Sunday, June 29, 2008

DC v Heller, or Why I Took So Long Posting

The Supreme Court finally turned out their verdict on the Second Amendment. So naturally, I waited until Friday to dig into the long-winded and critical decision. I managed to get through the entire opinion, written by Justice Scalia, while at work. After reading that legally long, heavily annotated, exceedingly tediously boring, and occasionally witty and scathing opinion (click here for crossed eyes(pdf file)), I understand why Dee is so enthusiastic about him. To quote one of the funnier parts of the opinion, where he's trying to clarify the term "keep and bear arms," Scalia writes:
It would be rather like saying “He filled and kicked the bucket” to mean “He filled the bucket and died.” Grotesque.
After grinding through this, I got home with the kids and two days off. Between good weather and my tendency to get into games that take hours to play, I didn't get to the dissenting opinions. So Justices Stevens and Breyer got short shrift, as I paused writing this Sunday morning to very briefly skim their dissenting opinions (also punctuated by yet another Episode III viewing).

So let me get to the basic analysis and my always insightful opinion, which is about to be interrupted for lunch (and the occasional lightsaber battle).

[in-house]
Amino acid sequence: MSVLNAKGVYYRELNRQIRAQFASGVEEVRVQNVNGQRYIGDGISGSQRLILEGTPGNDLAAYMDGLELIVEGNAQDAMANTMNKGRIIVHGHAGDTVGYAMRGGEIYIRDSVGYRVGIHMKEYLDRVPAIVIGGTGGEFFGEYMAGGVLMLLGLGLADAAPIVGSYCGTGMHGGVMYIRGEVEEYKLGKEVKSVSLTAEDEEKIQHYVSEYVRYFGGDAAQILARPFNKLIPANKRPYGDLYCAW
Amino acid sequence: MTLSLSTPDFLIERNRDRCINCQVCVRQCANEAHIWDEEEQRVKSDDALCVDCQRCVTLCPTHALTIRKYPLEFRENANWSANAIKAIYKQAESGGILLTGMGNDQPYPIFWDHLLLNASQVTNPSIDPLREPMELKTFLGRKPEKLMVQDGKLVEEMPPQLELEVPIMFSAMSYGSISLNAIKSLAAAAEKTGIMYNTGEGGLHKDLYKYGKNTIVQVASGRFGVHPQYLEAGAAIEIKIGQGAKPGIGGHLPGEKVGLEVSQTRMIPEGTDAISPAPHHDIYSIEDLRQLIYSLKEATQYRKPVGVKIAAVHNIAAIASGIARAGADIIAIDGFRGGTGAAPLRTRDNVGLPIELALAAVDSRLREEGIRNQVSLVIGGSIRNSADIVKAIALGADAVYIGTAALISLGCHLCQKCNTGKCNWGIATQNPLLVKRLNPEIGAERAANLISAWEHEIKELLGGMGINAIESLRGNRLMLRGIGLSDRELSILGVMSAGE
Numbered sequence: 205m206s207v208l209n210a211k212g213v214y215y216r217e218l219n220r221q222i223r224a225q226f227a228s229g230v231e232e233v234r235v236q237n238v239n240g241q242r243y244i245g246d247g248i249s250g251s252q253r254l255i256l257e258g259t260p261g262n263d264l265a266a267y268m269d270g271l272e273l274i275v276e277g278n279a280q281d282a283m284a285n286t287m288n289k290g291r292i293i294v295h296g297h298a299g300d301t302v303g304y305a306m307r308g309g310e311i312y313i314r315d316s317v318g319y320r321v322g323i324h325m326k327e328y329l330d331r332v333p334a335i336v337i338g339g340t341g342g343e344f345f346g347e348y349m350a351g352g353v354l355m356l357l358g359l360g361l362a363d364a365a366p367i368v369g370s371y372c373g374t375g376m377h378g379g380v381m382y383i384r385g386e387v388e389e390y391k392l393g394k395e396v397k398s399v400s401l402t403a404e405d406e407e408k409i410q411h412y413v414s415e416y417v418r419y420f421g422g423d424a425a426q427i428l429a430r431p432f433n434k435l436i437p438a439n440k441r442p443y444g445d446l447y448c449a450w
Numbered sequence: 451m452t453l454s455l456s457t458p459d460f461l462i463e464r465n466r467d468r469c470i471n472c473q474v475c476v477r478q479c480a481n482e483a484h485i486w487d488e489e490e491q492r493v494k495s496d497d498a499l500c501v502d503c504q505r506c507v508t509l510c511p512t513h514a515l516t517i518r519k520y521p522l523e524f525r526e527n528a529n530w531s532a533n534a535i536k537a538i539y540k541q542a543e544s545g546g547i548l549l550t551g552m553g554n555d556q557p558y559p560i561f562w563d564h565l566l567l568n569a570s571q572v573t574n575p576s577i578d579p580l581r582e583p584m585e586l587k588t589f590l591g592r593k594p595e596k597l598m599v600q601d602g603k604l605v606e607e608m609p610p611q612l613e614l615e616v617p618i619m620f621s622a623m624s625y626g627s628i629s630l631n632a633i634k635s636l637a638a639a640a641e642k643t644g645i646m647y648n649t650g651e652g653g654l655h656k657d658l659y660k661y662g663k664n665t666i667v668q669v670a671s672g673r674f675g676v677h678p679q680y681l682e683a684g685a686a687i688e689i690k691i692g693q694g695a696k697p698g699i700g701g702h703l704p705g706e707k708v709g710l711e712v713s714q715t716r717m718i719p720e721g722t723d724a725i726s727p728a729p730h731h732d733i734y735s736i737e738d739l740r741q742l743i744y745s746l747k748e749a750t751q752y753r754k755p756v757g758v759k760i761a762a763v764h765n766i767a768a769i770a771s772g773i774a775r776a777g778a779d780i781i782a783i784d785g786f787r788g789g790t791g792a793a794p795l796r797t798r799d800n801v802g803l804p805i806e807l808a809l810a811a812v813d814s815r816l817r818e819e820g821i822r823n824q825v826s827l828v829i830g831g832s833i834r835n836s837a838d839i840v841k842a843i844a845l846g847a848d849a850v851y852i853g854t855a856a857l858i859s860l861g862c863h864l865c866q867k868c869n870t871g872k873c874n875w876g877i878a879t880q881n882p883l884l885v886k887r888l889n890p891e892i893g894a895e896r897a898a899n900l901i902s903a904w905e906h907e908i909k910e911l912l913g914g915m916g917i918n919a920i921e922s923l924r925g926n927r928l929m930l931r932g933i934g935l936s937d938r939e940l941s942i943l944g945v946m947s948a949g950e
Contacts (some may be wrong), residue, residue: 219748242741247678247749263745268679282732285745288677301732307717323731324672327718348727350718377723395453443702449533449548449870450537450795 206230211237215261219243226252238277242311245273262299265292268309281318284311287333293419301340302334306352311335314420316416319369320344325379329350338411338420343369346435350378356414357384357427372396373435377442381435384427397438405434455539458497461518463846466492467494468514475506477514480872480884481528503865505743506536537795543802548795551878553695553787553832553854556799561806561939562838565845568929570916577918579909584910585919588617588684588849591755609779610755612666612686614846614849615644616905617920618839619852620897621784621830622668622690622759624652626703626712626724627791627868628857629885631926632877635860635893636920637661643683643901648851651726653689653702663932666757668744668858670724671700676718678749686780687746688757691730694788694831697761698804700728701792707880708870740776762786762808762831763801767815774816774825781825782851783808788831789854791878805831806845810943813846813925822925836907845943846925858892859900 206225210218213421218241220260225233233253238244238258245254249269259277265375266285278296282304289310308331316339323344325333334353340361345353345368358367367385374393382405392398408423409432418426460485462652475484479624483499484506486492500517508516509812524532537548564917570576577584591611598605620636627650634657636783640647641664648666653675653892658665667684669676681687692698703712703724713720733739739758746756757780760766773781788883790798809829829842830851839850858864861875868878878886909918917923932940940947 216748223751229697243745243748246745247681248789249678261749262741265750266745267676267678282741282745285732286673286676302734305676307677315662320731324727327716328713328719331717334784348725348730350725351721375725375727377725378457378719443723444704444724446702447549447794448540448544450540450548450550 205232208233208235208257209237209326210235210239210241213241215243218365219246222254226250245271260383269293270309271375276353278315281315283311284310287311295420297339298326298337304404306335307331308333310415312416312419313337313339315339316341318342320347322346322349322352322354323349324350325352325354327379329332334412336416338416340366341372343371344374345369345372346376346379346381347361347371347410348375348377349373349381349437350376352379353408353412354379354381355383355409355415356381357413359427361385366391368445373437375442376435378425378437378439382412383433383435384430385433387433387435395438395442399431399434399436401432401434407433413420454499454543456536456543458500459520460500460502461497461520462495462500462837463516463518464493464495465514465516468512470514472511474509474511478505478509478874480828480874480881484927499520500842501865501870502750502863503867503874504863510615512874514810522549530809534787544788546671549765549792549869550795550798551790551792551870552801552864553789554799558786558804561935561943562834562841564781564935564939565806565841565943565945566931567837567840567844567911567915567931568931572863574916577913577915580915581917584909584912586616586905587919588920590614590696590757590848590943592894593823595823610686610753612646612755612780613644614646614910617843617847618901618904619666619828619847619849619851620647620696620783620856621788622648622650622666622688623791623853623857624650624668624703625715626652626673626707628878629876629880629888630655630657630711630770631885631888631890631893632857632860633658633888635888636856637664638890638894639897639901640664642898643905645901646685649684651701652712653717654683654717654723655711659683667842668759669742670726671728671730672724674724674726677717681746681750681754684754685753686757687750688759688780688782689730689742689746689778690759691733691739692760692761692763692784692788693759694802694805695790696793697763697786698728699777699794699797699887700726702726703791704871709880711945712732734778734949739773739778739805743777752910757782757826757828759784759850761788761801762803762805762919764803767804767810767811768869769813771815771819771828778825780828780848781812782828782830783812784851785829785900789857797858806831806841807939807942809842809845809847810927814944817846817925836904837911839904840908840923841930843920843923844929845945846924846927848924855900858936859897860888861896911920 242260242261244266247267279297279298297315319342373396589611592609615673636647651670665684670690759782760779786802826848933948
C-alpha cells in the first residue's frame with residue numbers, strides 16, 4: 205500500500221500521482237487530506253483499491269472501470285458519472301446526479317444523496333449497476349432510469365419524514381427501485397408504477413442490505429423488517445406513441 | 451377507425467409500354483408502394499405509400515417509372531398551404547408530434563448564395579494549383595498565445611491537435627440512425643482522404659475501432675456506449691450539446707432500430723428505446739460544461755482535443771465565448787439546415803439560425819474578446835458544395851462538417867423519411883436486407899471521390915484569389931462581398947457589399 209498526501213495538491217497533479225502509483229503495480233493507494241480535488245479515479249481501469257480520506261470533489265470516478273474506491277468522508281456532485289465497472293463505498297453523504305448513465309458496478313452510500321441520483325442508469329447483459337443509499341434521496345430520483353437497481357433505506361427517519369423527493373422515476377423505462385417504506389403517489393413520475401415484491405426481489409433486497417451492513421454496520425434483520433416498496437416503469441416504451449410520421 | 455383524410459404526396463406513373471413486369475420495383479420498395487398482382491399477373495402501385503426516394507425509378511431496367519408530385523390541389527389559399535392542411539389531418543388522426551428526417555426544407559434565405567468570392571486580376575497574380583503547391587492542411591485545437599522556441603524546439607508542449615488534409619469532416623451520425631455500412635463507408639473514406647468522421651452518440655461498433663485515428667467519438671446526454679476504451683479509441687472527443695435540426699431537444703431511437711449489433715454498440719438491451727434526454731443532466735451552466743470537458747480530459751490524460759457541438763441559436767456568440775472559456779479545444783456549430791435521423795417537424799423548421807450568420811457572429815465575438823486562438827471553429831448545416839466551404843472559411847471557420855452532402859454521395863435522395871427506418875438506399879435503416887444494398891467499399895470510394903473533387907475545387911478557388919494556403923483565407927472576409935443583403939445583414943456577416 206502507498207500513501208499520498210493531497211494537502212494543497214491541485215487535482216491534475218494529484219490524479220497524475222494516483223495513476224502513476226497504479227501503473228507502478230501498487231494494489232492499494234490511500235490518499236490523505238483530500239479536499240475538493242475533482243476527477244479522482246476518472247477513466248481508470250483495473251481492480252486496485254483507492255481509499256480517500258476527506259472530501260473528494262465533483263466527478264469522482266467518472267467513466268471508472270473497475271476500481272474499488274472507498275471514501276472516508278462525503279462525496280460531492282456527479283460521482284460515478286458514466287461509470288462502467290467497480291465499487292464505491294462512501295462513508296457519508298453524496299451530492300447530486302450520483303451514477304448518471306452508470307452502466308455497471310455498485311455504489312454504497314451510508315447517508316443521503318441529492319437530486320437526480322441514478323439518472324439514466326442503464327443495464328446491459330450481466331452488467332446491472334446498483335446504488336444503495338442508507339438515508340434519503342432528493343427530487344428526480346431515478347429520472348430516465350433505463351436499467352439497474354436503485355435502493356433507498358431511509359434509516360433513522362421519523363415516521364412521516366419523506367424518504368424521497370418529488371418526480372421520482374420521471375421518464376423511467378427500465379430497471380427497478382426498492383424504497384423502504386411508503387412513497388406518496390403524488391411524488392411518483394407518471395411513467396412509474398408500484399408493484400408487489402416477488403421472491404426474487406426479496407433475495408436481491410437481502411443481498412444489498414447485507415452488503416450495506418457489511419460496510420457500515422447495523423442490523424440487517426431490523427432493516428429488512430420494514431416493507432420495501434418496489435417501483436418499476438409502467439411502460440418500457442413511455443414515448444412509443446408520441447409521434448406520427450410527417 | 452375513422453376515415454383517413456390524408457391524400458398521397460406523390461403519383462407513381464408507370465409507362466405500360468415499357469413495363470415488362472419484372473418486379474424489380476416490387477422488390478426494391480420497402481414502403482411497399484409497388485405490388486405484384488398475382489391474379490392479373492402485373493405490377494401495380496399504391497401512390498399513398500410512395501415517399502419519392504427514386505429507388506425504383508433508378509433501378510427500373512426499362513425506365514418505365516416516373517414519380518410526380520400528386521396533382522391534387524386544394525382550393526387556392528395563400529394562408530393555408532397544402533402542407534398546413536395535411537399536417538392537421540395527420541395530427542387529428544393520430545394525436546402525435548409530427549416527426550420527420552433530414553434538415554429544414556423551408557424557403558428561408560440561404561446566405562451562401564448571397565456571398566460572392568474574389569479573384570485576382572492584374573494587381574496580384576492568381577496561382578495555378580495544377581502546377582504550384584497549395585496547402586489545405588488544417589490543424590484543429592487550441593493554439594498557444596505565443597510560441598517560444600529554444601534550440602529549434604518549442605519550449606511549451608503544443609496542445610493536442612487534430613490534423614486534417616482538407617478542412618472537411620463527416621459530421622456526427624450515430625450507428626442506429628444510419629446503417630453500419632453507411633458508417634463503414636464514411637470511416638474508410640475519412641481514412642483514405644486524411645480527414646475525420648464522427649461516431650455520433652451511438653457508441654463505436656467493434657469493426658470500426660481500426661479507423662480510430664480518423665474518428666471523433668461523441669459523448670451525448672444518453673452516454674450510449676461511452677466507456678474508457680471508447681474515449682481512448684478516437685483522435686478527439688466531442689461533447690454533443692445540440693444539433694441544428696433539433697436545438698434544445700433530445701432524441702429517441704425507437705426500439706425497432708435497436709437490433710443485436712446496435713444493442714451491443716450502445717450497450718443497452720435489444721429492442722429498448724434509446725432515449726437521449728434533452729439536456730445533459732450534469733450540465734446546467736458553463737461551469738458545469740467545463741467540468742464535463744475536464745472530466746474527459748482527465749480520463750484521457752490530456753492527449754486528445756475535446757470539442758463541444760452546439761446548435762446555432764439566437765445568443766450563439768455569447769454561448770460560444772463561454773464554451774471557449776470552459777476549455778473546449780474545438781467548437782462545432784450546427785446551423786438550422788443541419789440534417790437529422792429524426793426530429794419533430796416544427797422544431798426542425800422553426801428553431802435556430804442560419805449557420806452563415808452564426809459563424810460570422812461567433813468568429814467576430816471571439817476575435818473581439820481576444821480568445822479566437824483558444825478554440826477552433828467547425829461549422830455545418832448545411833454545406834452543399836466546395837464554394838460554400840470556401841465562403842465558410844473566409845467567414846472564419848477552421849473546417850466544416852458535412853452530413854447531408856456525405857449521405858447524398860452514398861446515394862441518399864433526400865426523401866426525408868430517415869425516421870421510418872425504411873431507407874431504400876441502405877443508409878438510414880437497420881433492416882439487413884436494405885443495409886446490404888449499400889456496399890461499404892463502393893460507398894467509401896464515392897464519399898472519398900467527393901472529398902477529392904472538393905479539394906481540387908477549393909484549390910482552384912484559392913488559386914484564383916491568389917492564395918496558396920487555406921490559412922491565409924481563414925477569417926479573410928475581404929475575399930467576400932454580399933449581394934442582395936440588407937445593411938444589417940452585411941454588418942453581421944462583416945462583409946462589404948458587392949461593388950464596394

Okay, I'm back. Let's go:

First of all, let's look back in the founding era. The Founding Fathers faced an king and country that sought to subdue them by disarming them and filling their homes with soldiers (thus the 3rd Amendment). When they created the Bill of rights, its purpose was to secure individual rights against a government too easily seduced by power. The Constitution, in securing those natural rights, sets them out of the jurisdiction of the government.

As for the wording of the Amendment itself, it is divided into two parts by the Court, the Prefatory clause (A well regulated Militia, being necessary to the security of a free State,) and the operative clause (the right of the people to keep and bear Arms, shall not be infringed.). The prefatory clause, while defining a purpose, does not limit the operative clause, which is the defined right. The use of a pistol (the common weapon) as a means of defense in the home (the common use), is the protected right in question.